2.       JOURNALIST.  Working in news is another goal for an English major.  I wanted to be a journalist way back in high school.  I was on the high school newspaper staff for my last semester.  And yes, I jumped on to share my comics with my classmates.  Nonetheless, I still enjoyed putting together an interesting story.  Researching, canvassing classmates for opinions, typing, and re-typing was fun.  As long as I had a real interest in the subject, I was there to see something bloom.  

Leaving high school, I prized the idea of working for the city’s newspaper staff.  I even played with the thought of becoming a news reporter.  (SIDEBAR. With English major origins, forensics thriller author Patricia Cornwell’s past as a crime reporter wiggled itself somewhere in my drive.  Probably more so for pushing my inner crime fiction angles.)  But what glistens in the realm of journalism is meeting people and hearing real stories.  And that's something I don’t get enough of.  I was the guy who would talk to the homeless man who came into the fast food place I worked.  Pants stuff with garbage of some sort, he would sit down with a busted spiral notebook and talk.  Irrational and crazy talk, but talk.  My favorite story of his involved him, a prostitute, a ghost, and the city’s oldest cemetery.  No lie!

I think journalism speaks to a sort of desire I attribute to my Aquarius humanitarian pull.  A pull that wants to up-right the world through the testimonies and experiences of others.  The issue is I’m a raging introvert and an empath.  So I guess contradictions be damned.

3.      MAGAZINES.  I have a love-hate relationship with magazines.  Spending my teenage years (and on into my late twenties) printing out short stories and poems to submit to various literary magazines brought me dust.  And rightful so, when I consider publication standards and the competition.  Still, rejection after rejection doesn’t always beam a shining ray of inspiration to keep trying.  After so many rejections, my attitude transforms from commandee to commandeer.  Even so, my only claim to making it in a magazine are the two or three occasions where my letters and fanart landed in the readers' columns.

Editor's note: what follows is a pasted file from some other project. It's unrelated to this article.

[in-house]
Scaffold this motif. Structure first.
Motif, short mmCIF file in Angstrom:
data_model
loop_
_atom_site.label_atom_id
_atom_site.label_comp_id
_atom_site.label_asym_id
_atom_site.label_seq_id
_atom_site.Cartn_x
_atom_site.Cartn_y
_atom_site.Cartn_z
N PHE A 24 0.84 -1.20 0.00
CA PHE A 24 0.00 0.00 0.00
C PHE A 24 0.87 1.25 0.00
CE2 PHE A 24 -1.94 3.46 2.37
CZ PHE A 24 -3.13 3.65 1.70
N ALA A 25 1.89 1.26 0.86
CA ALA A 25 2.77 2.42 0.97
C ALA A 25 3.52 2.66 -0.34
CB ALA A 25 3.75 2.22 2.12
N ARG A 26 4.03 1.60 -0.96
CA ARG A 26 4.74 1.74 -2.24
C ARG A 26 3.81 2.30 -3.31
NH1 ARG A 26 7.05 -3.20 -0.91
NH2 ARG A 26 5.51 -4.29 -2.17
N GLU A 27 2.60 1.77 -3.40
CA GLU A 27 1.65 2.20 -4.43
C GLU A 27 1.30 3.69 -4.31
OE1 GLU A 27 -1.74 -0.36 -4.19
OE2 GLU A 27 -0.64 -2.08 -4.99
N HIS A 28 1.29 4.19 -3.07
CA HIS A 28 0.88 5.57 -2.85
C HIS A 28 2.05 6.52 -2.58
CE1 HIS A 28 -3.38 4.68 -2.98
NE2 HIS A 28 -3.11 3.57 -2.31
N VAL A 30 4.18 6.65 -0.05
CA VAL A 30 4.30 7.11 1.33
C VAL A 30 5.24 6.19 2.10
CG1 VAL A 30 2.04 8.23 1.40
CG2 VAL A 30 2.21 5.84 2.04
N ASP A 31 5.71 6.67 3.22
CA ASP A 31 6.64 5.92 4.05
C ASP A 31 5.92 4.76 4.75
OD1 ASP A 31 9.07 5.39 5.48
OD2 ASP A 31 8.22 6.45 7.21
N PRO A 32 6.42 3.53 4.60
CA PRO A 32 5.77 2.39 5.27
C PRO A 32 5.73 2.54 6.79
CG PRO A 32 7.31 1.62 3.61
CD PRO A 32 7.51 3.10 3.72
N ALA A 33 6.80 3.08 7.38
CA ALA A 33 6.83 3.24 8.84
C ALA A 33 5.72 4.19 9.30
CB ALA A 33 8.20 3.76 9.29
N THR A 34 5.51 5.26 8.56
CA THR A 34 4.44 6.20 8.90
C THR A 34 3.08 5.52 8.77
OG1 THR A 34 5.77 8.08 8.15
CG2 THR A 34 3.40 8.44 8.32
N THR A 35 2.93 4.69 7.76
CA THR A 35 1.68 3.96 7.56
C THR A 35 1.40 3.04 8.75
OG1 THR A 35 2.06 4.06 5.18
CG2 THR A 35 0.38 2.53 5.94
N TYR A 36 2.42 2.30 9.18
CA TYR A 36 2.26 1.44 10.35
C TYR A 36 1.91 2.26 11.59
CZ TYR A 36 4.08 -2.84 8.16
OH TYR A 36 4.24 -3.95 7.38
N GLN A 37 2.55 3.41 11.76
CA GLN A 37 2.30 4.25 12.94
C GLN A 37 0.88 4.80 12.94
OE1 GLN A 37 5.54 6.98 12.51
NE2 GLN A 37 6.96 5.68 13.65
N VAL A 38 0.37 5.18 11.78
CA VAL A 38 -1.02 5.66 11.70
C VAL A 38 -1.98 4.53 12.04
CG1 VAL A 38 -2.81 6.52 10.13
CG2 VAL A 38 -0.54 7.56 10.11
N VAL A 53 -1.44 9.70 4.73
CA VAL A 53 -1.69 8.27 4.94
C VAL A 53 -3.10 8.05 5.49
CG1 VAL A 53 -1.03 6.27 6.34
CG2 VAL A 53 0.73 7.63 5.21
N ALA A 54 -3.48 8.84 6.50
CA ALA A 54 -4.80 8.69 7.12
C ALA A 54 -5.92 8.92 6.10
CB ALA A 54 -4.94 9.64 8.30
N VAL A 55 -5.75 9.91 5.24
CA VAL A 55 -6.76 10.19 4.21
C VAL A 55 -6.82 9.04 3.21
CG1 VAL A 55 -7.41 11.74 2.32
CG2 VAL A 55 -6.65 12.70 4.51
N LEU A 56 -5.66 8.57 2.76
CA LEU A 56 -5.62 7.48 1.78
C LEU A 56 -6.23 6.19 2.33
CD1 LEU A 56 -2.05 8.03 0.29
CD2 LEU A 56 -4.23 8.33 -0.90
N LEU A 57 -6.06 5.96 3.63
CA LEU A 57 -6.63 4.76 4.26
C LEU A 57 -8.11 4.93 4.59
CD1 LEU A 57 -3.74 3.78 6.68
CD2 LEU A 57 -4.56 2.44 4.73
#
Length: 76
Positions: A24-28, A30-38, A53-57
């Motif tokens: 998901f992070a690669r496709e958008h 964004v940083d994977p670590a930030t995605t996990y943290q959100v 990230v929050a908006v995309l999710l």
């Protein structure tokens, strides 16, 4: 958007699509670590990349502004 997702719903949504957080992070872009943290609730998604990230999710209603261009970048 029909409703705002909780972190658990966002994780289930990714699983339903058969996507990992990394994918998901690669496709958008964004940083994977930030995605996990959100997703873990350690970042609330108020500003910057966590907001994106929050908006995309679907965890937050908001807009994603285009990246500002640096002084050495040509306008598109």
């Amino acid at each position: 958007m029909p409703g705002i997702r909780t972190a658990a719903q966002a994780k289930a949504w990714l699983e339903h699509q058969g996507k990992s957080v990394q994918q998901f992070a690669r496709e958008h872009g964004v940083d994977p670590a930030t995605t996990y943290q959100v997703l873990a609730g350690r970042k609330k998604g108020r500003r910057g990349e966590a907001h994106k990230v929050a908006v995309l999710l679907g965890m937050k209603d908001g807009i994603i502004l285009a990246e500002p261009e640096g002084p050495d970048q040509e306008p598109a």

It wasn’t until well into blogging (and Kindle Direct Publishing for that matter) that I realized why wait for some magazine to “pick” you?  You can pick your damn self!  You can make your own material work however you see fit.  

However, speaking on consumer and trade magazines; I suppose the real gem working for these magazines, as an English major, is the thrill of tussling with articles and deadlines in the editorial department.  Or filling in as the hired free-lancer sitting at home punching keys.  Personally, I love editing others' work–to the best of my abilities.  The problem nowadays is I’m too busy cleaning up my own writing mistakes.  A bag of Salt & Vinegar flavored potato chips in my lap and controlling my patience all the while!

4.      PUBLISHING.  An English major’s dream, right?  Who wouldn’t want to work in the book publishing world?  Especially if reading an unlimited supply of books is considered "work"–with many of them potential bestsellers.  Here you get paid to critique, distribute, edit, and market books.  You can create close bonds and foster relationships with authors.  You can go to publishing seminars with other book lovers, and stretch your circle of book friends.  You can strategize release dates in New York offices with other (one would assume) book lovers.  You can be the instrument to a big book/author's debut!  You're basically inside of the machine that makes up your passions.